Institute of Fashion Design Basel

So it was probably good that Blogger was down yesterday (though it still has a few bugs crawling around), as NJAL’s relaunch resulted in me coming across a veritable gold mine that needed some time to absorb. Not to mention just a lot of time in general, as the two websites I was trying to get photos off of would not play nice. Anyway, first off, the 2011 BA fashion grad student whose work first caught my eye on NJAL was Noëmi Frey from the University of Applied Sciences Northwestern Switzerland’s Academy of Art and Design Basel – Institute of Fashion Design. Imagine writing that out on job application forms. Anyway, Noëmi’s pieces don’t entirely mesh with my normal style choices, but I was interested enough by the shoulder detail of that great jacket seen above and the calculated slashed aesthetic throughout her collection to at least check out the website that was linked in her NJAL page. And my goodness. With the quality of work coming out of this school at just the undergraduate level, I’m both very surprised I haven’t heard of it before, and I’m wondering why these grads aren’t being included in a major fashion week. At least they aren’t to my knowledge, anyway. While I will be writing a couple more posts devoted to individual students, here are a few favorite pieces from some of Noëmi’s fellow BA graduates. If you see anything you particularly like, I suggest you click on their name (well, the portion of their name after any letter with a diacritic – another Blogger bug methinks) and click on the ‘Presentation link’ to see a (possibly very slow loading) video with that student. They’re not all in English, but you’ll get to see the pieces better and at least guess what the inspiration behind the collection was via hand gestures and quasi-English words.

Let’s start with the least work-friendly look (warning: sheer clothing), from Noëmi Anna Tina Ceresola. Sheer material just lends itself so well to draping. Add a comfy jacket/sweater and huge hat, and you have one sexy beekeeper outfit.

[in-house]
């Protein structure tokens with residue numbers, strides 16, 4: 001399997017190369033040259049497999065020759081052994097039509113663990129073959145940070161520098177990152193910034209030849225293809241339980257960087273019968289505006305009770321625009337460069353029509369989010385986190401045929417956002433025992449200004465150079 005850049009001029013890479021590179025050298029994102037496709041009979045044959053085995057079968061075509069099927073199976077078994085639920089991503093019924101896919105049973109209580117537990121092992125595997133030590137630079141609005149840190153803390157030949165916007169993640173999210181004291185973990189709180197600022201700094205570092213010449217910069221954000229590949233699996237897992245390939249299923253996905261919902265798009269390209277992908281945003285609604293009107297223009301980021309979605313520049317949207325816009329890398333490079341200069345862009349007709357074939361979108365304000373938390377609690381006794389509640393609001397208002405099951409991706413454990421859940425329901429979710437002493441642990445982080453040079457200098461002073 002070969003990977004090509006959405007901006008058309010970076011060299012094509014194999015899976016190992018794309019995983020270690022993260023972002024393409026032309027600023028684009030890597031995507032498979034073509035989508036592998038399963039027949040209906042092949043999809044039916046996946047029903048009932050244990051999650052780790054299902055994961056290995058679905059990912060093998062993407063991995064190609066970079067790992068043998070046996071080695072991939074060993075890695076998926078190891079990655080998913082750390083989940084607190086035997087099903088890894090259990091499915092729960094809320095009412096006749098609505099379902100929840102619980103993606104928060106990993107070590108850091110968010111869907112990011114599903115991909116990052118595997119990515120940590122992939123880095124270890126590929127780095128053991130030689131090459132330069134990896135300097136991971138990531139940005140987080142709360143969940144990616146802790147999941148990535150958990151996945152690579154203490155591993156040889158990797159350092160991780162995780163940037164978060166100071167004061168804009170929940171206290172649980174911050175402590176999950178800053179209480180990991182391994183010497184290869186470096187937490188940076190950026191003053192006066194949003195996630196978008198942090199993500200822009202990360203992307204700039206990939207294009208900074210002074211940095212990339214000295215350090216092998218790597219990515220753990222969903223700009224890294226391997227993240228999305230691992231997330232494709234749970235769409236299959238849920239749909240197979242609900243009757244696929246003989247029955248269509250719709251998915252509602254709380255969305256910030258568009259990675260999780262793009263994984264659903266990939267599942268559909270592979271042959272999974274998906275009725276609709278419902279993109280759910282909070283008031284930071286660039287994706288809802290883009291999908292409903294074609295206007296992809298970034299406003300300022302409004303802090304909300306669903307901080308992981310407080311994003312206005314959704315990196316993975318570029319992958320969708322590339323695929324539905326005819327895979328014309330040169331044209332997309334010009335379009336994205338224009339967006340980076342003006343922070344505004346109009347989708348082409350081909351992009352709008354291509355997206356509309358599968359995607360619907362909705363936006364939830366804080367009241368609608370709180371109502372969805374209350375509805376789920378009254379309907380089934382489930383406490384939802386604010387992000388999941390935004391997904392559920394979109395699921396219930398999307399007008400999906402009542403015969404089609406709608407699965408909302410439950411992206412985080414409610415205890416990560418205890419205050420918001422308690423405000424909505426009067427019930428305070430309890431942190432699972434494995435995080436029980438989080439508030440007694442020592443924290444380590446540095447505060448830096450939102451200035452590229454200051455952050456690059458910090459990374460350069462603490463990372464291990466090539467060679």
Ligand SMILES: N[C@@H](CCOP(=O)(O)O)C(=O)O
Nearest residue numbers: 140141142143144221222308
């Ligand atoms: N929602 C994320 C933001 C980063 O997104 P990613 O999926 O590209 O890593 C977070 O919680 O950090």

Noëmi Anna Tina Ceresola

I didn’t like the lookbook version photo of this piece (with very dramatic hell’s windows) by Senta Amacker, as the model was facing slightly sideways, making that underbust wallet look like a giant leather bow. I still would rather have a coated canvas version, but I think incorporating a wallet into a harness is a very practical way of keeping your hands free to hold on to your hem, producing instant one-off draping.

Senta Amacker

This sweater by Miriam Andrea Stöcklin has got to be the comfiest thing I’ve seen since Dori Tomcsanyi’s grey outfit. And it even looked great on the runway.

Miriam Andrea Stöcklin

Karin Wüthrich‘s digitally printed pieces instantly made my jaw drop simply because of the visual effect the prints are intended to produce. Karin’s video (which is in English) is also quite interesting, as she describes the look of the collection (particularly the high neckline/partial face coverage) as multi-cultural and about ‘the closeness of the city’. I wouldn’t have gotten that from just looking at the pieces (and I’m not sure I get that now), but I sure love listening to people speak English with an accent.

And, lastly (for this post anyway), I am intrigued by this piece by Jean-René Wyss. I’ve seen bodysuits and I’ve seen long sheer dresses, but never have I seen both elements in one garment. Normally the bodysuit is not for the body conscious, but when presented in this way, many shapes/sizes/body images could wear this given endless styling options. If you have some time, take a closer look at the shoes in Jean-René’s collection.

Tune in tomorrow for some more great stuff from the school whose name knows no end.

(Photos via The runway photos are by Shoji Fujii, whose name you might recognize from ASOVF.)